Zambia [shutterstock]

Highlights

U.S.-Zambia Relations

The U.S. established diplomatic relations with Zambia in 1964, following its independence from the United Kingdom. The country's primary challenges are to improve governance issues; promote broad-based, inclusive economic growth; maintain adherence to democratic and constitutional principles; reduce its debt; create employment; and develop its human capital. The U.S. and Zambia enjoy cordial relations. U.S. goals in Zambia include reducing widespread poverty and building and sustaining a democratic, well-governed country that contributes positively to regional stability. The U.S. works closely with the Zambian government to defeat the HIV/AIDS pandemic that is widespread but stabilizing in Zambia, to promote economic growth and development, and to bring about political reform by promoting democratic principles and a responsible and responsive government.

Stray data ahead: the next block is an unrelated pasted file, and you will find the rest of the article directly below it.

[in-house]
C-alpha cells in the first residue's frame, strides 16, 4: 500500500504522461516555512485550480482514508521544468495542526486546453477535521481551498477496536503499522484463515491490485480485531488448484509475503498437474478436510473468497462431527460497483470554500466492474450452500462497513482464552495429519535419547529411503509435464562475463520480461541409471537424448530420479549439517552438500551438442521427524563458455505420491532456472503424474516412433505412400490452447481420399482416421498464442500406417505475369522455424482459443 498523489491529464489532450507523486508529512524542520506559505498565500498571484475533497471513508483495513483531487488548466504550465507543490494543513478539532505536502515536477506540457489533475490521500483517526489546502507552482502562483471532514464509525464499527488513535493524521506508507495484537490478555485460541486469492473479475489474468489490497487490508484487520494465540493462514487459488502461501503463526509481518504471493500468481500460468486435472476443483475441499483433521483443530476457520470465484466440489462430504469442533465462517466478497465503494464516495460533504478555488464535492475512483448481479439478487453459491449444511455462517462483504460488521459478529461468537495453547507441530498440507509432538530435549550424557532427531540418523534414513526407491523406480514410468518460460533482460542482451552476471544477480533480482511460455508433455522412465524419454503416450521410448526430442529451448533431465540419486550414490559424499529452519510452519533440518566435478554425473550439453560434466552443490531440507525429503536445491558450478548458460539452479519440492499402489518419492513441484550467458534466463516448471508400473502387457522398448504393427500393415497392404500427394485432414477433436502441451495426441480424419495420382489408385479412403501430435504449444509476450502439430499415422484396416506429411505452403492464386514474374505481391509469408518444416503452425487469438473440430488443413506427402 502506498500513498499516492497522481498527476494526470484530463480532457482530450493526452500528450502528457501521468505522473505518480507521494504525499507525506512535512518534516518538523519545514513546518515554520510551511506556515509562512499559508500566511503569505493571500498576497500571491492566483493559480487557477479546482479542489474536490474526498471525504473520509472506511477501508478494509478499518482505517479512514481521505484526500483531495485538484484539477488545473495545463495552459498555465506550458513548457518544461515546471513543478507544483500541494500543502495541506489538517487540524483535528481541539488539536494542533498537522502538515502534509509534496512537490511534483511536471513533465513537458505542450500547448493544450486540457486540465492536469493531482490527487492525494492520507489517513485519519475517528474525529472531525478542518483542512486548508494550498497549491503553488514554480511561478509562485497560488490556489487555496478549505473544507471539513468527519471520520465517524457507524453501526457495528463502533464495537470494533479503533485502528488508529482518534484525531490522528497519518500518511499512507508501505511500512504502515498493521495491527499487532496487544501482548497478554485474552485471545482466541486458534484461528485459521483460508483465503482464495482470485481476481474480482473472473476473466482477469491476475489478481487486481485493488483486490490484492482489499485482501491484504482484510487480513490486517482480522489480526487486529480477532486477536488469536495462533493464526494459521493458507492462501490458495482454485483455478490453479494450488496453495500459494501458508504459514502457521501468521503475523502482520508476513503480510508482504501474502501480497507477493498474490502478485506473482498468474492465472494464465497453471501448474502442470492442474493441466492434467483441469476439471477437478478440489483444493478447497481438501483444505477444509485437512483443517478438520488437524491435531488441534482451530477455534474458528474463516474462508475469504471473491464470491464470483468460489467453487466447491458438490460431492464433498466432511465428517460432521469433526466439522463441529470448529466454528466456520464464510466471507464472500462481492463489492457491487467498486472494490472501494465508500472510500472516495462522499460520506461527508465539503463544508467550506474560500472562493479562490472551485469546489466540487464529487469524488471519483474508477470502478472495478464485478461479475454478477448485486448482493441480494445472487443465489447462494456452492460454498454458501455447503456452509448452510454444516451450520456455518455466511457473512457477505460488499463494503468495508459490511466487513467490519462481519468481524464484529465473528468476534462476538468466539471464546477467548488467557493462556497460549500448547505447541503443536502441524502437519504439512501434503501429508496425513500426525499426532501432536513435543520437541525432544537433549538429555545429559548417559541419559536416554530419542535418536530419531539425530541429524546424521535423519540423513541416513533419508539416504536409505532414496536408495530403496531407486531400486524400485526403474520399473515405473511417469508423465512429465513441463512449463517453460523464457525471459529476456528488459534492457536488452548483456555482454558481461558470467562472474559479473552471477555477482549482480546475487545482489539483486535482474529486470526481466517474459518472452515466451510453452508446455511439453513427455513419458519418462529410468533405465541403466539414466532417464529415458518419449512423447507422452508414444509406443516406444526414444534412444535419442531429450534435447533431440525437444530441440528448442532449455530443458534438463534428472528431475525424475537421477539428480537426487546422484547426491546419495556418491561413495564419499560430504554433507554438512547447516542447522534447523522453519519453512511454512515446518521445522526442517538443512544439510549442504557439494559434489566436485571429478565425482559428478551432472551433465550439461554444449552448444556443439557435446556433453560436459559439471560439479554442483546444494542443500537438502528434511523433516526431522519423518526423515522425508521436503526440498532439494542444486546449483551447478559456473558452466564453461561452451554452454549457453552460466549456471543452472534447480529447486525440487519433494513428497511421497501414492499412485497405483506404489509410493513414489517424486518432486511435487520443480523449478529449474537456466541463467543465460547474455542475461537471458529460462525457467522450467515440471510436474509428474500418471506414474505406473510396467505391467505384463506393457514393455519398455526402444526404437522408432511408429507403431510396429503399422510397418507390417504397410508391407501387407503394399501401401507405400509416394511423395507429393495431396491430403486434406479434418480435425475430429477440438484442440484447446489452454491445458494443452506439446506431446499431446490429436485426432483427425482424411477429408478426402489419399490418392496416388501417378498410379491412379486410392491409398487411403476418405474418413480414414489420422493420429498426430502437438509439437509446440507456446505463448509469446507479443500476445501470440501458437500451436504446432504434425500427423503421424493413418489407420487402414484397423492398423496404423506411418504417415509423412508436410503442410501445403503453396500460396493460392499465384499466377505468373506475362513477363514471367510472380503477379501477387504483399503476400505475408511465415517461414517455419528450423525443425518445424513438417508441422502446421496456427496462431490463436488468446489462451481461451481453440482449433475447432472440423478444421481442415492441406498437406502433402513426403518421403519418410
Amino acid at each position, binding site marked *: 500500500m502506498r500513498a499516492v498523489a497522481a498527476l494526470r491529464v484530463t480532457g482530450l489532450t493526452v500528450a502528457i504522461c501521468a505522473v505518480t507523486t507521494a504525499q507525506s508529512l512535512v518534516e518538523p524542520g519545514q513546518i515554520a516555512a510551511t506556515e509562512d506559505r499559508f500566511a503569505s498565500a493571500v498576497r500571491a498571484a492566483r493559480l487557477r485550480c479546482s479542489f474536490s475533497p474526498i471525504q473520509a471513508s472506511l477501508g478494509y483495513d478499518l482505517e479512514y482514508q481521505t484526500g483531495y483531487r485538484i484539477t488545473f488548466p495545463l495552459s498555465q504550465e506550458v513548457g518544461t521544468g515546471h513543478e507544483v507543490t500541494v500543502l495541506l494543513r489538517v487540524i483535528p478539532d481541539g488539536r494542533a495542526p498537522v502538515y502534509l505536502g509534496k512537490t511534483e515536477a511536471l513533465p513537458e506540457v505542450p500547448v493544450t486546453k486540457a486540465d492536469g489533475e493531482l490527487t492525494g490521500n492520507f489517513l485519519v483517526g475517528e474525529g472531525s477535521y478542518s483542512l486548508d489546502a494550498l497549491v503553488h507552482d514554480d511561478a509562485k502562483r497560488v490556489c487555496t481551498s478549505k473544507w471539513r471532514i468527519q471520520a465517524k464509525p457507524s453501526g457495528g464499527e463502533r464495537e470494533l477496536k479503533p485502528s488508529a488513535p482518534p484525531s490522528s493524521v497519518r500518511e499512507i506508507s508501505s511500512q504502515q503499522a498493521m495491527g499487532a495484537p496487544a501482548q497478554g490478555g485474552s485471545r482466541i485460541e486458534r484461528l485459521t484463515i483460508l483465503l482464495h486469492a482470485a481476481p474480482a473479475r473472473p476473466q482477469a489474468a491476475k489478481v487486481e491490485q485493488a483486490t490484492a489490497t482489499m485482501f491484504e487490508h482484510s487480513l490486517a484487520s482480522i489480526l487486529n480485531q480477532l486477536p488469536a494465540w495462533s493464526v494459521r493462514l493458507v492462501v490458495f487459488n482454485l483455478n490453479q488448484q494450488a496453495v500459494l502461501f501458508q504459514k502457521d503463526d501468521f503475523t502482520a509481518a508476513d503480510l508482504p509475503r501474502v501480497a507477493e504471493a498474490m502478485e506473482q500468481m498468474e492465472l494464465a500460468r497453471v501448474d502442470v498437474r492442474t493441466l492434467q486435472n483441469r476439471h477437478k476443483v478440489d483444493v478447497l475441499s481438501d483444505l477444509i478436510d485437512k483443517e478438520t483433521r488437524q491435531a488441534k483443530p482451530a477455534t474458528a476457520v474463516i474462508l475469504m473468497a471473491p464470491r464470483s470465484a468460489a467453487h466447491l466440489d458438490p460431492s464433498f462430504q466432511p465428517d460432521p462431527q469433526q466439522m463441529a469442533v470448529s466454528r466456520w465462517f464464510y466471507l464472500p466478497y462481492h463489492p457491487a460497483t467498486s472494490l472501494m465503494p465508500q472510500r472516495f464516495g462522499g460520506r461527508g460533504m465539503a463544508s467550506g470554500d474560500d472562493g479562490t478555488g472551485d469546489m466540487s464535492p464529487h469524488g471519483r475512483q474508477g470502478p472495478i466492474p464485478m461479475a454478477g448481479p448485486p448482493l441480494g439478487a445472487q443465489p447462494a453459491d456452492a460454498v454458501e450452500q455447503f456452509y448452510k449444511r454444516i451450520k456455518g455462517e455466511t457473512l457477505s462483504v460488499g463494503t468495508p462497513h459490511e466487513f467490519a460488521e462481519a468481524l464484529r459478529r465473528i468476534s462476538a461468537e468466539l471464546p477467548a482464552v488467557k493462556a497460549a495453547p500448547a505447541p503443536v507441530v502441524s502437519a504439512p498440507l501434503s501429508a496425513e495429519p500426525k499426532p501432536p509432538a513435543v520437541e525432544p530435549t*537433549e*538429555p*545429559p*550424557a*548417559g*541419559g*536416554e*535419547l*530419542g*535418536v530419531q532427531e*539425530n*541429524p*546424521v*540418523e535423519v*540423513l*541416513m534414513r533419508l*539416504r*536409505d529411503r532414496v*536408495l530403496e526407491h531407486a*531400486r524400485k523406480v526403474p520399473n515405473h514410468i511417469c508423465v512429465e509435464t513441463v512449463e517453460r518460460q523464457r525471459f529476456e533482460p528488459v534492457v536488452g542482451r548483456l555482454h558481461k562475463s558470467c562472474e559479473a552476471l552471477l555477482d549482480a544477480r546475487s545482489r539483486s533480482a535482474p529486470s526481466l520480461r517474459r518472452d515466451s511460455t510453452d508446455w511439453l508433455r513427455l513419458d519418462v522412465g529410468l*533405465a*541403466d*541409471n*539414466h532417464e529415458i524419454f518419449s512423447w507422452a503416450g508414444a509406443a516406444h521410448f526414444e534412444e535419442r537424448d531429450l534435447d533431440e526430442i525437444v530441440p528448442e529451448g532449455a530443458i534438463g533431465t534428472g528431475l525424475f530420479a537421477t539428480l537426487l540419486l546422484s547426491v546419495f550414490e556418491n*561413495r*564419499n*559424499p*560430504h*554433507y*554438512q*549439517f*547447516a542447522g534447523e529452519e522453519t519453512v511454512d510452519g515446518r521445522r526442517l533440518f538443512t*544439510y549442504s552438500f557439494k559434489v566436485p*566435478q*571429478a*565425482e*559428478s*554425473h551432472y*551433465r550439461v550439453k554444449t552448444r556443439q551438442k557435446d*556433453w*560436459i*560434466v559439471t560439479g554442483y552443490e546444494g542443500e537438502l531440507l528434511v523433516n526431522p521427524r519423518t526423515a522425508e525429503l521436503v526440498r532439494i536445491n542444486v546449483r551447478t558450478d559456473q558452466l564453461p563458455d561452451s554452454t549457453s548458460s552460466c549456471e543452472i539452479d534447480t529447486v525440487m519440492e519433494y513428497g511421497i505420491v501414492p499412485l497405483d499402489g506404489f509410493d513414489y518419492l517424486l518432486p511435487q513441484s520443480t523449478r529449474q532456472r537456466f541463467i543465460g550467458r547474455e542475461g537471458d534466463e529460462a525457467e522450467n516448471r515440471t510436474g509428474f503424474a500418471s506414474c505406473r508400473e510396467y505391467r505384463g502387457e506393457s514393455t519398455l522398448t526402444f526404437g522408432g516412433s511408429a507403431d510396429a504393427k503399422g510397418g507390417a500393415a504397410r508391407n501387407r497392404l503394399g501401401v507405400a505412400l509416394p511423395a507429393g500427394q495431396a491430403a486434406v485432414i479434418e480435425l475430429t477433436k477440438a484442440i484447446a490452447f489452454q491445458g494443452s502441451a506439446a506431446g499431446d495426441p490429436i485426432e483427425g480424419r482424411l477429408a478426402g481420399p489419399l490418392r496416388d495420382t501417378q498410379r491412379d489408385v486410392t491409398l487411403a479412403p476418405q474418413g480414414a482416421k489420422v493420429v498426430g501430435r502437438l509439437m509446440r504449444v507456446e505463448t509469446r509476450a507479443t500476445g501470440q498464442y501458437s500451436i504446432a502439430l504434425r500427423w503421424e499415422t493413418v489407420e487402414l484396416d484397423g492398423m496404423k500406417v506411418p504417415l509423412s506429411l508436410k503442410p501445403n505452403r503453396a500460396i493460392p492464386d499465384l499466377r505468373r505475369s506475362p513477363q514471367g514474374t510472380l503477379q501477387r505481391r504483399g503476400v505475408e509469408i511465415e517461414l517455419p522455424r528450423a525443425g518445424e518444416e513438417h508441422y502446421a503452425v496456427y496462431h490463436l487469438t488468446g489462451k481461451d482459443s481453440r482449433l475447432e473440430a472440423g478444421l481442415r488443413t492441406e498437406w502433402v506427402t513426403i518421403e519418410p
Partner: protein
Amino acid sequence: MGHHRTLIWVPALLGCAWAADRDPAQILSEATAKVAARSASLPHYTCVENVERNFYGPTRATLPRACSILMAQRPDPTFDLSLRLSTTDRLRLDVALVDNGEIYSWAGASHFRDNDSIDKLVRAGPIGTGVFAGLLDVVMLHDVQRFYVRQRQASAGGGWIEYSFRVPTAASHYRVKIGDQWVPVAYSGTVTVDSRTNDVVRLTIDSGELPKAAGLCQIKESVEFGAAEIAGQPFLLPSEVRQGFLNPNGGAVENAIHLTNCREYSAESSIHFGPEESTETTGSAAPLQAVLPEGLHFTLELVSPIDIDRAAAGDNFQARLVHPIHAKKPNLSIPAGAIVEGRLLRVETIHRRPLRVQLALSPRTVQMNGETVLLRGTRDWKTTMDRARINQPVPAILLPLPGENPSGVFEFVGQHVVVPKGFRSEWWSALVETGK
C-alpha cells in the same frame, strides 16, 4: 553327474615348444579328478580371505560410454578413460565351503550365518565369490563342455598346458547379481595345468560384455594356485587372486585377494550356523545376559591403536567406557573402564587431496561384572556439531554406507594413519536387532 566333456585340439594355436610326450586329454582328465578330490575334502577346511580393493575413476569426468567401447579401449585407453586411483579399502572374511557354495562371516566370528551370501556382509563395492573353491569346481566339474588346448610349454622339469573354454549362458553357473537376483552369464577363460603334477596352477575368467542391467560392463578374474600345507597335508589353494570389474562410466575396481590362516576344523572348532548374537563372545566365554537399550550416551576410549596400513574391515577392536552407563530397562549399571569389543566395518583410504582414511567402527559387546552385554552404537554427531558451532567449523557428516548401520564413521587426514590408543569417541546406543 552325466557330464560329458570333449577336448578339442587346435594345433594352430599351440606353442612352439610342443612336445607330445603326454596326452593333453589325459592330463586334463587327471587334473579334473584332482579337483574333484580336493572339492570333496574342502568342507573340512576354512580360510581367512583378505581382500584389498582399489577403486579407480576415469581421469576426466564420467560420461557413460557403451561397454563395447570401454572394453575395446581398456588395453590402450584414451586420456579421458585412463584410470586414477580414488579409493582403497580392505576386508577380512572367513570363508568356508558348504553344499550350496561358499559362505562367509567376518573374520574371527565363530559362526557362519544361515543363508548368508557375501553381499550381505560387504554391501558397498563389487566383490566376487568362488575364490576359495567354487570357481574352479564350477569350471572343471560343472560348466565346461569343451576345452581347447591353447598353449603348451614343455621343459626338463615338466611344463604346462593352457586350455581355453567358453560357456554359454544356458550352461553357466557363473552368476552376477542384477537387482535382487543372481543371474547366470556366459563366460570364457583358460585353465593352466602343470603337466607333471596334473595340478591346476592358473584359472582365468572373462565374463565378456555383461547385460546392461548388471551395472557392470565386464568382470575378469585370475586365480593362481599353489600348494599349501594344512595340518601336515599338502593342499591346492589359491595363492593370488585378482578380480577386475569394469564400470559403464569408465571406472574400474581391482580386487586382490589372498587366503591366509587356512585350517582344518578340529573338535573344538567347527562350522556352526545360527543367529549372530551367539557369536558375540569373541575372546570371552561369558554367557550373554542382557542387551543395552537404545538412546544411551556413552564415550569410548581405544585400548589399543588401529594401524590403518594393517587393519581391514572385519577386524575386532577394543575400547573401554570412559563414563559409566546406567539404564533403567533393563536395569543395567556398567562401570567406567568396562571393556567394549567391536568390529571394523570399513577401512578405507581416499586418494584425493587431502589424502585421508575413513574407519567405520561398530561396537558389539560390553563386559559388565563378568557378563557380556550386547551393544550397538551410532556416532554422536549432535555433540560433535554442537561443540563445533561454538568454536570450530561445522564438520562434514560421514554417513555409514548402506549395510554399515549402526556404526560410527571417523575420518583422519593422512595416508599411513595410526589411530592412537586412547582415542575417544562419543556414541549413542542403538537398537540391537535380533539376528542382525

U.S. Assistance to Zambia

U.S. assistance to Zambia is robust, totaling close to $500 million annually. U.S. assistance fights HIV/AIDS; expands and improves the quality of health and education opportunities; strengthens democratic and accountable governance; provides clean water and improves sanitation; helps create trade and business development opportunities; and builds Zambian capacity to promote regional peace, security, and stability.

Bilateral Economic Relations

Zambia is eligible for preferential trade benefits under the African Growth and Opportunity Act. U.S. exports to Zambia include vehicles, machinery, rubber, and electrical machinery. U.S. imports from Zambia include copper, cobalt, precious stones (emeralds), and food stuffs (coffee, tea, honey, and spices). The U.S. has signed a trade and investment framework agreement with the Common Market for Eastern and Southern Africa, of which Zambia is a member.

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